Whether we are discussing a huge, densely packed residential complex, a business skyscraper, or a warehouse, exposure to the weather, subpar building design, and normal wear and tear may all contribute to structural and cosmetic problems with the buildings.
The problem is that although a new coat of paint might instantly transform your building, it doesn’t address any underlying problems that may need more serious attention. In fact, just ignoring problems may lead to bigger, more complicated problems that end up costing more to cure.
Not everyone knows what has to be fixed, what is just cosmetic, and what will result in long-term problems. Painters and renderers may claim that they can cure stains and loose concrete, but the truth is that if they don’t identify the origin of the problem and address it, the problem will recur and become worse.
Remedial engineers, in contrast, work to help with evaluation that identifies the core cause, the impacted areas—referred to as latent issues—that you may not be able to see, as well as those that you can.
The professionals that can assist you are remedial engineers or authorised building repair businesses. If there are no problems, it could cost you a little bit extra up front, but if there are, the advantages and savings will well surpass the expense of the inspection and consulting services.
The above-mentioned professionals may help with issue identification, façade redesign, consulting on new structural parts like windows, balustrades, or cladding, as well as with the causes of water ingress.
A strata Management Strategy
Strata management is becoming more difficult than ever in the rapidly changing world of today. In addition to the many regulations that must be kept current, there is also the necessity to stand out from the competition by being more effective, informed, and diligent.
As a result, we are aware that you need a wide range of abilities, including diplomacy, time management, technical expertise, and effective interpersonal communication. And that’s without even mentioning your abilities as meticulous record keepers and inspectors who can also manage funds.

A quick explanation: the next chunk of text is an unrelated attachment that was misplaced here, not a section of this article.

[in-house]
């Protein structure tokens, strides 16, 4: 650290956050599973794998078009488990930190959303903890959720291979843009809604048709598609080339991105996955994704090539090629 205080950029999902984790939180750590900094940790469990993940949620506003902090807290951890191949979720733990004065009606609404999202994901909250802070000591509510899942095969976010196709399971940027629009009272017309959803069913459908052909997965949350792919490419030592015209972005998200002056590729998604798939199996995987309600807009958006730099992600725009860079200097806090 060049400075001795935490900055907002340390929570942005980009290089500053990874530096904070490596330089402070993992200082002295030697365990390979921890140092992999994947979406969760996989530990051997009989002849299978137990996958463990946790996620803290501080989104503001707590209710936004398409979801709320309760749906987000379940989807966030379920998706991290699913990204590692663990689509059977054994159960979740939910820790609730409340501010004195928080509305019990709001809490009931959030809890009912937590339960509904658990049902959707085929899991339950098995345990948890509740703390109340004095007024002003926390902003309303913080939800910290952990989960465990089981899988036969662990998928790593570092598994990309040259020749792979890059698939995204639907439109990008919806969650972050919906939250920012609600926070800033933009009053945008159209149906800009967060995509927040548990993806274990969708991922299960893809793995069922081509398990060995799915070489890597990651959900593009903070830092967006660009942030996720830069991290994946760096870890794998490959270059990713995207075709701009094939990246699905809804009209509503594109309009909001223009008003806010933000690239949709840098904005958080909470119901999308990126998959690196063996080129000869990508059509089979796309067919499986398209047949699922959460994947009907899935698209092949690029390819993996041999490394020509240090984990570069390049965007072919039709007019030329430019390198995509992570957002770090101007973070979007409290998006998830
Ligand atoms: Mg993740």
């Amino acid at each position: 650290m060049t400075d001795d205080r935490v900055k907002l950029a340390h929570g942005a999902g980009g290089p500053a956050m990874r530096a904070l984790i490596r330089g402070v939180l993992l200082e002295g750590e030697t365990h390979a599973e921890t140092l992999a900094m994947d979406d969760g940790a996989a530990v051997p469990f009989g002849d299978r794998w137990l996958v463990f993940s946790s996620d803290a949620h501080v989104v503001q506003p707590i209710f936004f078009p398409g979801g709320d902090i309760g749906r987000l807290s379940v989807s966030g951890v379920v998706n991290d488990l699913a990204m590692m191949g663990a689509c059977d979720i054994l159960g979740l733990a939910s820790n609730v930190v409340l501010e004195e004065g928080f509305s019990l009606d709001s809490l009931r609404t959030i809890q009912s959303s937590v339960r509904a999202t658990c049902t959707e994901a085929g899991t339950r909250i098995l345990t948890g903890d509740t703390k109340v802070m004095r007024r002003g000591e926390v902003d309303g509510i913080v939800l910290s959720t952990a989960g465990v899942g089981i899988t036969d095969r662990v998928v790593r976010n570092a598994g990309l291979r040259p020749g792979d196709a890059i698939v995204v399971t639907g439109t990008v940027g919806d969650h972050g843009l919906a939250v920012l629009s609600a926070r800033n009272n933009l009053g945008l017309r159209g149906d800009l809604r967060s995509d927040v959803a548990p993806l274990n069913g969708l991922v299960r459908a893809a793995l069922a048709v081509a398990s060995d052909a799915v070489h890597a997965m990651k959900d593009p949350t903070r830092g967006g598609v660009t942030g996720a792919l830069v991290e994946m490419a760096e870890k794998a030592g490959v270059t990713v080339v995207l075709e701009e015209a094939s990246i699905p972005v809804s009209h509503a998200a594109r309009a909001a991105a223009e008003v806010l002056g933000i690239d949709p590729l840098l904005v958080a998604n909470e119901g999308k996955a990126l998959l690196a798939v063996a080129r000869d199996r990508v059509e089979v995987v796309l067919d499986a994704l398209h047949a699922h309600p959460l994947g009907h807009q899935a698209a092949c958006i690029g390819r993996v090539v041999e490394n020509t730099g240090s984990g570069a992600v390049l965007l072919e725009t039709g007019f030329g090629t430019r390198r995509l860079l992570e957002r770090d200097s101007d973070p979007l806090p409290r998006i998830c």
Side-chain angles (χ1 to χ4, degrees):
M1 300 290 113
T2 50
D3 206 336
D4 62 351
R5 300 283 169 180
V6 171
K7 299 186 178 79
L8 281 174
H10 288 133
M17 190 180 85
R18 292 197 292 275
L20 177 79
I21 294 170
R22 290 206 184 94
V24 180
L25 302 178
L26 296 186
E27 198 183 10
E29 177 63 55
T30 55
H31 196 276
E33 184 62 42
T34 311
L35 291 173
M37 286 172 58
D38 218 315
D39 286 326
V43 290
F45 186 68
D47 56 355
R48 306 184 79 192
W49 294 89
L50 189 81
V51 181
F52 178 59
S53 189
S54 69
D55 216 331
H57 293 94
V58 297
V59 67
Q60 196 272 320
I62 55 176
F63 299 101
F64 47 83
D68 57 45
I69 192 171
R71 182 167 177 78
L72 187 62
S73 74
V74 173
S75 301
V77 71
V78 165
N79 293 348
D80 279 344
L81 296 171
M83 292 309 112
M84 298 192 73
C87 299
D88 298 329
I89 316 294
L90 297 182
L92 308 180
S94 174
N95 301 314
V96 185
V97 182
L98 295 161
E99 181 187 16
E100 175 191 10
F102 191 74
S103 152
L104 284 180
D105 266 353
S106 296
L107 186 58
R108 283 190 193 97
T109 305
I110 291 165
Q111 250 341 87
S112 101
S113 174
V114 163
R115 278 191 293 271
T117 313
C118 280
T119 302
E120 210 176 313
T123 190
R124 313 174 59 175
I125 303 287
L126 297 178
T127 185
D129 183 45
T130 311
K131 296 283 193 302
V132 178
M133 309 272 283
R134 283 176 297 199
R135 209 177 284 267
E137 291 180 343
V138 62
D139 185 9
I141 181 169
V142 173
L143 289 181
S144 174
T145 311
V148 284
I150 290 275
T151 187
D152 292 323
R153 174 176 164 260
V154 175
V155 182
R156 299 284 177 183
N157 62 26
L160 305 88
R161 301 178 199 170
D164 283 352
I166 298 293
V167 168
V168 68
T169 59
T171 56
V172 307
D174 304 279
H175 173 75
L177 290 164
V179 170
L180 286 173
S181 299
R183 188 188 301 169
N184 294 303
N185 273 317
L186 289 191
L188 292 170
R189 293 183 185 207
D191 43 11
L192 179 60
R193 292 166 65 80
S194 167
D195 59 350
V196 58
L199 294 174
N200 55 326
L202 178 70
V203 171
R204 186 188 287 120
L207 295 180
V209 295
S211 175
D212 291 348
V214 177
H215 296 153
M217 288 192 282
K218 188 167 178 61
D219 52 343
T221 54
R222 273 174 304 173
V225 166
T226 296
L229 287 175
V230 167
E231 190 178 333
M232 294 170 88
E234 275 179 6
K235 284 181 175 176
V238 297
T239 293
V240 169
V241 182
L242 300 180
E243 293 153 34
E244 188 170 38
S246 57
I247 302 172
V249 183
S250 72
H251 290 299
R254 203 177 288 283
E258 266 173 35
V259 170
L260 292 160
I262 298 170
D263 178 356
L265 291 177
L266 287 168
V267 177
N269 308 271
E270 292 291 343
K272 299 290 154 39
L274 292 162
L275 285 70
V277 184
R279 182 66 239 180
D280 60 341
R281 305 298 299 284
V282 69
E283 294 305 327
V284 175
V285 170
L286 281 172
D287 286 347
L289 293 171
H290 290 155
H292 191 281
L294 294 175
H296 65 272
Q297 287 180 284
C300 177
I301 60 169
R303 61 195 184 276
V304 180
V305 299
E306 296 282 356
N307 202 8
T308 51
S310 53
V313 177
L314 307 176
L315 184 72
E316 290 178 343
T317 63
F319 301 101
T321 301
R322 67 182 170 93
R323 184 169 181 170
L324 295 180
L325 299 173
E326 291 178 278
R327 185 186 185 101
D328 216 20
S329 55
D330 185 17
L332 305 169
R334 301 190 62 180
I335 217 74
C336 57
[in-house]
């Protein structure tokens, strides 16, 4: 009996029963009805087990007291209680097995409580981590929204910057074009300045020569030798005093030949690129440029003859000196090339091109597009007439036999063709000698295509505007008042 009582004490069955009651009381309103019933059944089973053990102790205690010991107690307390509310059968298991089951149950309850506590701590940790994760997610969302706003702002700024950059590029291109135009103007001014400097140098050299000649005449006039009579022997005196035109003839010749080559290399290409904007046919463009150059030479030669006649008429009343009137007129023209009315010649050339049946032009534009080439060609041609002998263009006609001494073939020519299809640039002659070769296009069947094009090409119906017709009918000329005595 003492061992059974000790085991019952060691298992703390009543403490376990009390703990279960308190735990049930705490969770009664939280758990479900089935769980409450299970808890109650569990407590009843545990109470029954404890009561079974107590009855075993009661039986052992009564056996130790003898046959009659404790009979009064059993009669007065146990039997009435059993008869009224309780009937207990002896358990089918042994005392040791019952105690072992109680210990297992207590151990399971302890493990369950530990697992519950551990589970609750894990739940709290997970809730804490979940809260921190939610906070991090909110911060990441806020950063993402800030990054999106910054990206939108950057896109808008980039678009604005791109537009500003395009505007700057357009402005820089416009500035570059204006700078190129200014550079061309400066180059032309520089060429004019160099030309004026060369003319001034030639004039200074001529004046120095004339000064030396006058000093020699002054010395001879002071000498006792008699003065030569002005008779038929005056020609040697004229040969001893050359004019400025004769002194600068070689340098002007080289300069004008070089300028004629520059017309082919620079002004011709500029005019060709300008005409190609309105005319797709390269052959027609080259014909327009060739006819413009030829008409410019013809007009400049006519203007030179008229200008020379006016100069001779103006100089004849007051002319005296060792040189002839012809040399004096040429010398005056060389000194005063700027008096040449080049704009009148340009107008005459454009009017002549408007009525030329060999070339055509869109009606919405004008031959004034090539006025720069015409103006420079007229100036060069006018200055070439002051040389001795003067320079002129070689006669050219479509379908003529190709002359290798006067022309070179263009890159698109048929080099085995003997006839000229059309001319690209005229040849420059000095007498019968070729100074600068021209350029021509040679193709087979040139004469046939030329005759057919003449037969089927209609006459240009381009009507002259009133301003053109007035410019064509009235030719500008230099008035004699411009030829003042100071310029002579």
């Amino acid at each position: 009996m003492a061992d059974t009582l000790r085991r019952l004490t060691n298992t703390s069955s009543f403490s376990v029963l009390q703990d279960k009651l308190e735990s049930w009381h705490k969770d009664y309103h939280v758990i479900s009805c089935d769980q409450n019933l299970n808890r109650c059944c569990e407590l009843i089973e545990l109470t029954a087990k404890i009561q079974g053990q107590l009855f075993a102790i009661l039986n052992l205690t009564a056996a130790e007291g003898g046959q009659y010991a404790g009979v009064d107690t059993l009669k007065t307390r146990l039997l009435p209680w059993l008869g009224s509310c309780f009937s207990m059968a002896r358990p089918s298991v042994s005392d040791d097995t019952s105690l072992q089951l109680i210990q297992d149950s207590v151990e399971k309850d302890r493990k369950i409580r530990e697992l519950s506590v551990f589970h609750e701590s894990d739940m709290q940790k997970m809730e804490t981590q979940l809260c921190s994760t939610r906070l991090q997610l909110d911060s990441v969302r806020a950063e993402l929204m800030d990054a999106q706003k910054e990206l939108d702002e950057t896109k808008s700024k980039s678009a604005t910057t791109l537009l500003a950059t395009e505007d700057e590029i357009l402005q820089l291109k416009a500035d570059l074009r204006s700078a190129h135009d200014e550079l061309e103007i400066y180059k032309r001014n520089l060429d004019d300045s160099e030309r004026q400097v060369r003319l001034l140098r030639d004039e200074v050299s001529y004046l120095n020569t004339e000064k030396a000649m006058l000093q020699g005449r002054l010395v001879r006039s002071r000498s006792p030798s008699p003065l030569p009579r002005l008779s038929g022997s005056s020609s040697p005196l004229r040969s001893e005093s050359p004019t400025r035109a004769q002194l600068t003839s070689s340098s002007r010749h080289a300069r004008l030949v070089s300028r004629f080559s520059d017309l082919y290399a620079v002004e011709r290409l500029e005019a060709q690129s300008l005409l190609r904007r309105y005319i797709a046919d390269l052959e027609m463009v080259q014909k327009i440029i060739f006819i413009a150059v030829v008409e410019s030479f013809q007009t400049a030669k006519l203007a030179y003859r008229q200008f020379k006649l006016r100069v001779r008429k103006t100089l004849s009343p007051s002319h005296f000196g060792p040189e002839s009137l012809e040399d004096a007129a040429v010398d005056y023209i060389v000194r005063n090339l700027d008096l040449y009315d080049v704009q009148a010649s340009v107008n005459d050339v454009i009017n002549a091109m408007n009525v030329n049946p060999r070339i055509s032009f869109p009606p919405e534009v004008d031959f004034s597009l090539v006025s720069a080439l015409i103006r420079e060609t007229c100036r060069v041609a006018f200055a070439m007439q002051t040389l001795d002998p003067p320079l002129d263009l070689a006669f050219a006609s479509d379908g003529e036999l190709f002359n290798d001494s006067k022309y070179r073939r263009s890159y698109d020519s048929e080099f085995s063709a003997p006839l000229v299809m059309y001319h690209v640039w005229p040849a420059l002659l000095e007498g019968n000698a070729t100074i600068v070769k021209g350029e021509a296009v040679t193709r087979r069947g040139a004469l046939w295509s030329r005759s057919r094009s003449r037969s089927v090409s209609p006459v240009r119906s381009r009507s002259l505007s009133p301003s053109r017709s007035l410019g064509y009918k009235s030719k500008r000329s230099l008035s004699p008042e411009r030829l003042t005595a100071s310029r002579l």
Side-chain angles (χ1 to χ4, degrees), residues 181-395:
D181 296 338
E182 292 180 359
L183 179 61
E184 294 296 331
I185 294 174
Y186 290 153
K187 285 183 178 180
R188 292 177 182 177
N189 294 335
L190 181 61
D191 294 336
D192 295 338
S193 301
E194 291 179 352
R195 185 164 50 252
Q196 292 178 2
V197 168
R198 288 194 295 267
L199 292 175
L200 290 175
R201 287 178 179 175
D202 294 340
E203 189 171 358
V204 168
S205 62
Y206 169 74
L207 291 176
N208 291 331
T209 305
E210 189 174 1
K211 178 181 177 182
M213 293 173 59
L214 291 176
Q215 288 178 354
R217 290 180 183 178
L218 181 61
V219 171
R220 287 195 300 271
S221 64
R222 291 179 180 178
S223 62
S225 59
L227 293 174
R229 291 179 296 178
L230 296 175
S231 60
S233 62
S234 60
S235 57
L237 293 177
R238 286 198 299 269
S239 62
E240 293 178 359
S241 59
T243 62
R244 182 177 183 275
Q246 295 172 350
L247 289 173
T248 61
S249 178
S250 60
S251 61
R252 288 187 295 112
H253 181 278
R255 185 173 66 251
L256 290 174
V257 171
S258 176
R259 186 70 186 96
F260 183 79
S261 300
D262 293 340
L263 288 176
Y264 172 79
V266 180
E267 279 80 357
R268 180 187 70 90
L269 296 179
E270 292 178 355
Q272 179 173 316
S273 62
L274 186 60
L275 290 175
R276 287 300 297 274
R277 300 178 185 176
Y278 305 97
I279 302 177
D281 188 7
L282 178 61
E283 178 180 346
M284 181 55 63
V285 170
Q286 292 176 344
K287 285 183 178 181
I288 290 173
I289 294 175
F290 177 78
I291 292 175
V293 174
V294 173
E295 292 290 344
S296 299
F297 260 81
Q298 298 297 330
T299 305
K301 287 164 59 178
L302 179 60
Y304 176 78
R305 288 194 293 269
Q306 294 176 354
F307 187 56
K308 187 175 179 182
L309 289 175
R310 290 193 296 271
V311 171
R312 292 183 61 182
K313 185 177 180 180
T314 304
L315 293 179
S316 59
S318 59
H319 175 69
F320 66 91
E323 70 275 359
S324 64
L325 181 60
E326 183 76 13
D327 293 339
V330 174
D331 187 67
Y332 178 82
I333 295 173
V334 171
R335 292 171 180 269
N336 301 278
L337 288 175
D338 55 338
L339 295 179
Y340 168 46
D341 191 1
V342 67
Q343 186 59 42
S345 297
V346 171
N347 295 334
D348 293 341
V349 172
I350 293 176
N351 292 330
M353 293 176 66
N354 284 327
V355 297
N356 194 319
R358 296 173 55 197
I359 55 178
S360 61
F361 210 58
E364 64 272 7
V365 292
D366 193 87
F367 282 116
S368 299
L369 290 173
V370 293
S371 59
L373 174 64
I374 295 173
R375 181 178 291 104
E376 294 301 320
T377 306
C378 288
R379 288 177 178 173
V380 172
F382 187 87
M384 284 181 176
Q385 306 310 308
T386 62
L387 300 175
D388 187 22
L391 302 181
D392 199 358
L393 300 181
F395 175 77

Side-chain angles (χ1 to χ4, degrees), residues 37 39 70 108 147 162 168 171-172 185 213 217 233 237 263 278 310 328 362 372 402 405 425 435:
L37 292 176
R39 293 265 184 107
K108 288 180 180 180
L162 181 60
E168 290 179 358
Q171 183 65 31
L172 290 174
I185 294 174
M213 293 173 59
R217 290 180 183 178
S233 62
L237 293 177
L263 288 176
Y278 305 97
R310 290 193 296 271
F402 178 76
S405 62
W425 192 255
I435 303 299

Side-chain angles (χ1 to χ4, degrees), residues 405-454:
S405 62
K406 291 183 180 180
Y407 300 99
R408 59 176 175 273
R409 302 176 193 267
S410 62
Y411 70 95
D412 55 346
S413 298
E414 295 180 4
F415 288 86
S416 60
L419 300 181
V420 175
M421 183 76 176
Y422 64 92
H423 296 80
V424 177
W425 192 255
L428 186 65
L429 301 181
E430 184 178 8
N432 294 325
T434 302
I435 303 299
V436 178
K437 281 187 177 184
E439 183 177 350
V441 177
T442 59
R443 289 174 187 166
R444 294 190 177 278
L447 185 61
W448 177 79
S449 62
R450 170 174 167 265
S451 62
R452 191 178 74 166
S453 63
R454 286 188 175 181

We are aware of the difficulties you face, therefore we wanted to take this opportunity to discuss some crucial maintenance issues that strata managers should be aware of and that also affect property owners’ day-to-day strata building upkeep.
1. Waste water pipe maintenance
No matter whether they transport water or trash, pipes are intended to flow, not to be obstructed. The problem is that pipelines may still become obstructed, broken, or destroyed even with the finest mitigating strategies. Finding the problem and fixing cracked pipes, particularly those that are underground, may seem like a very simple chore, but the damage that goes beyond what is immediately visible might have a detrimental impact on the foundations.
The ground around the leak may erode away, swell (in the case of concrete cancer), or move when water seeps out. Any of these problems might potentially have a long-term impact on the structure itself by causing the building’s footings to erode or shift.
2. Concrete cracking
As we have discussed several times, concrete spalling may have significant effects on a broad range of structures, including concrete-framed buildings, multi-story buildings and parking garages, wharves, tanks, and anything else made of concrete.
Concrete loses structural integrity as it swells and expands, posing risks to health and safety, aesthetic appeal, and asset value.
Fixing spalling concrete
Repairs to concrete must be made in compliance with the relevant regulations. This is where hiring untrained painters, handymen, and other professionals may permanently harm your building.
These professions have their role, but they do not have the same level of proficiency in identifying and specifying the right solutions as remedial engineers, building rectification experts, and other professional services.